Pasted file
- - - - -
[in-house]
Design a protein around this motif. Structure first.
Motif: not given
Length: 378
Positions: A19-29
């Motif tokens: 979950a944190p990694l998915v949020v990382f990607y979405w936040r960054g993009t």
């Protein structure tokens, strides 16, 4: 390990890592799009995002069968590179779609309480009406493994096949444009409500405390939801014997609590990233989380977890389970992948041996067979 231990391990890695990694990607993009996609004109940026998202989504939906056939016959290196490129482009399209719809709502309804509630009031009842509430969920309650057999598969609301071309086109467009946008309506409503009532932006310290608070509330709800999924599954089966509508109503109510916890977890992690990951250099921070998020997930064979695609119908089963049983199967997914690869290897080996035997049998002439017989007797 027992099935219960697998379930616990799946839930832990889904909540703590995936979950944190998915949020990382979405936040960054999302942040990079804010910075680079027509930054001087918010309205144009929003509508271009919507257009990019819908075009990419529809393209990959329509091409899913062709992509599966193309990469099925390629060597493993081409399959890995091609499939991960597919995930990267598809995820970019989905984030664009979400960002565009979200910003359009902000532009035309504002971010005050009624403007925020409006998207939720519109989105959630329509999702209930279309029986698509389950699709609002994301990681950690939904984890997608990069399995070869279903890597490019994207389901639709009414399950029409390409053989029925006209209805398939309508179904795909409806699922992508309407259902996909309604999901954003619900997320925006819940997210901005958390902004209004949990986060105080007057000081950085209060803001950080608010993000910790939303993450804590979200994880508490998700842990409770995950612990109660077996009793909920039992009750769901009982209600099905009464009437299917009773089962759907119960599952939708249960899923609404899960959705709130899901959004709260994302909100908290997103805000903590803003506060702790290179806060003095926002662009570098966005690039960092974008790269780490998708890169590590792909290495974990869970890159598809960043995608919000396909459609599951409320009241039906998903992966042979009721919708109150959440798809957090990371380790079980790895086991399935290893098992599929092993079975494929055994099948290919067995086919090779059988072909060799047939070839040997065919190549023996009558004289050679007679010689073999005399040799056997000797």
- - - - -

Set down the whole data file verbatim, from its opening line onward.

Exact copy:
[in-house]
Design a protein around this motif. Structure first.
Motif: not given
Length: 378
Positions: A19-29
């Motif tokens: 979950a944190p990694l998915v949020v990382f990607y979405w936040r960054g993009t």
């Protein structure tokens, strides 16, 4: 390990890592799009995002069968590179779609309480009406493994096949444009409500405390939801014997609590990233989380977890389970992948041996067979 231990391990890695990694990607993009996609004109940026998202989504939906056939016959290196490129482009399209719809709502309804509630009031009842509430969920309650057999598969609301071309086109467009946008309506409503009532932006310290608070509330709800999924599954089966509508109503109510916890977890992690990951250099921070998020997930064979695609119908089963049983199967997914690869290897080996035997049998002439017989007797 027992099935219960697998379930616990799946839930832990889904909540703590995936979950944190998915949020990382979405936040960054999302942040990079804010910075680079027509930054001087918010309205144009929003509508271009919507257009990019819908075009990419529809393209990959329509091409899913062709992509599966193309990469099925390629060597493993081409399959890995091609499939991960597919995930990267598809995820970019989905984030664009979400960002565009979200910003359009902000532009035309504002971010005050009624403007925020409006998207939720519109989105959630329509999702209930279309029986698509389950699709609002994301990681950690939904984890997608990069399995070869279903890597490019994207389901639709009414399950029409390409053989029925006209209805398939309508179904795909409806699922992508309407259902996909309604999901954003619900997320925006819940997210901005958390902004209004949990986060105080007057000081950085209060803001950080608010993000910790939303993450804590979200994880508490998700842990409770995950612990109660077996009793909920039992009750769901009982209600099905009464009437299917009773089962759907119960599952939708249960899923609404899960959705709130899901959004709260994302909100908290997103805000903590803003506060702790290179806060003095926002662009570098966005690039960092974008790269780490998708890169590590792909290495974990869970890159598809960043995608919000396909459609599951409320009241039906998903992966042979009721919708109150959440798809957090990371380790079980790895086991399935290893098992599929092993079975494929055994099948290919067995086919090779059988072909060799047939070839040997065919190549023996009558004289050679007679010689073999005399040799056997000797």